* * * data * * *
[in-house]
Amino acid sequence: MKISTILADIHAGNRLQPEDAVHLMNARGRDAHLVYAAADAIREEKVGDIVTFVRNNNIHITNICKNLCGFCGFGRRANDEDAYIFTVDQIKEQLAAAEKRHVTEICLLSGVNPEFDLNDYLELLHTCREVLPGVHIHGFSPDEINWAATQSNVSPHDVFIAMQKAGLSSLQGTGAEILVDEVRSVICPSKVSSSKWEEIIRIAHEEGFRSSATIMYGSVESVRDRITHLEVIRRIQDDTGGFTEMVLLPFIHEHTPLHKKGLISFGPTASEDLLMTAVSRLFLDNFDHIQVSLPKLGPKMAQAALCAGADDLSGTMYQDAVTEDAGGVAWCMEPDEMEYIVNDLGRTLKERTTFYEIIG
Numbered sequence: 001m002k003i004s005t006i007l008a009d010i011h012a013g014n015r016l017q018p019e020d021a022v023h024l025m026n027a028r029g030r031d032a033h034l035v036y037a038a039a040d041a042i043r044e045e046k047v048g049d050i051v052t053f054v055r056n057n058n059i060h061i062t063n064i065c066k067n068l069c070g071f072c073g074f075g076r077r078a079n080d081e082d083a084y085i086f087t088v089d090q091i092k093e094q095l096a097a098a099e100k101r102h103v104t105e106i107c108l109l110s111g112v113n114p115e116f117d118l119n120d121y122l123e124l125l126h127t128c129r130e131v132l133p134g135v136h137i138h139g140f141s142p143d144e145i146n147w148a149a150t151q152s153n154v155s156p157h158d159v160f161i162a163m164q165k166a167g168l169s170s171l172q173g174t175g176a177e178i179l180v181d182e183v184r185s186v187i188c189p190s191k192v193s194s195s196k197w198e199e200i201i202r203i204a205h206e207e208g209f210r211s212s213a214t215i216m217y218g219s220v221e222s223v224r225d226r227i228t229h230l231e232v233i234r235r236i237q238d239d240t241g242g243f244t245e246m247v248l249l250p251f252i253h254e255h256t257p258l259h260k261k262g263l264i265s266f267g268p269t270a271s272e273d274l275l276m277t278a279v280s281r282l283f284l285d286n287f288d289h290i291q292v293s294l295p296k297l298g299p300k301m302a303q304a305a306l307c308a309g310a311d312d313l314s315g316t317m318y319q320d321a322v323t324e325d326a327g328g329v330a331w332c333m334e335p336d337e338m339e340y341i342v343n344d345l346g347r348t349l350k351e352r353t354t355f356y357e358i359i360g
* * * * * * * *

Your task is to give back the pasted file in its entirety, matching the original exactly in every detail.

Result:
[in-house]
Amino acid sequence: MKISTILADIHAGNRLQPEDAVHLMNARGRDAHLVYAAADAIREEKVGDIVTFVRNNNIHITNICKNLCGFCGFGRRANDEDAYIFTVDQIKEQLAAAEKRHVTEICLLSGVNPEFDLNDYLELLHTCREVLPGVHIHGFSPDEINWAATQSNVSPHDVFIAMQKAGLSSLQGTGAEILVDEVRSVICPSKVSSSKWEEIIRIAHEEGFRSSATIMYGSVESVRDRITHLEVIRRIQDDTGGFTEMVLLPFIHEHTPLHKKGLISFGPTASEDLLMTAVSRLFLDNFDHIQVSLPKLGPKMAQAALCAGADDLSGTMYQDAVTEDAGGVAWCMEPDEMEYIVNDLGRTLKERTTFYEIIG
Numbered sequence: 001m002k003i004s005t006i007l008a009d010i011h012a013g014n015r016l017q018p019e020d021a022v023h024l025m026n027a028r029g030r031d032a033h034l035v036y037a038a039a040d041a042i043r044e045e046k047v048g049d050i051v052t053f054v055r056n057n058n059i060h061i062t063n064i065c066k067n068l069c070g071f072c073g074f075g076r077r078a079n080d081e082d083a084y085i086f087t088v089d090q091i092k093e094q095l096a097a098a099e100k101r102h103v104t105e106i107c108l109l110s111g112v113n114p115e116f117d118l119n120d121y122l123e124l125l126h127t128c129r130e131v132l133p134g135v136h137i138h139g140f141s142p143d144e145i146n147w148a149a150t151q152s153n154v155s156p157h158d159v160f161i162a163m164q165k166a167g168l169s170s171l172q173g174t175g176a177e178i179l180v181d182e183v184r185s186v187i188c189p190s191k192v193s194s195s196k197w198e199e200i201i202r203i204a205h206e207e208g209f210r211s212s213a214t215i216m217y218g219s220v221e222s223v224r225d226r227i228t229h230l231e232v233i234r235r236i237q238d239d240t241g242g243f244t245e246m247v248l249l250p251f252i253h254e255h256t257p258l259h260k261k262g263l264i265s266f267g268p269t270a271s272e273d274l275l276m277t278a279v280s281r282l283f284l285d286n287f288d289h290i291q292v293s294l295p296k297l298g299p300k301m302a303q304a305a306l307c308a309g310a311d312d313l314s315g316t317m318y319q320d321a322v323t324e325d326a327g328g329v330a331w332c333m334e335p336d337e338m339e340y341i342v343n344d345l346g347r348t349l350k351e352r353t354t355f356y357e358i359i360g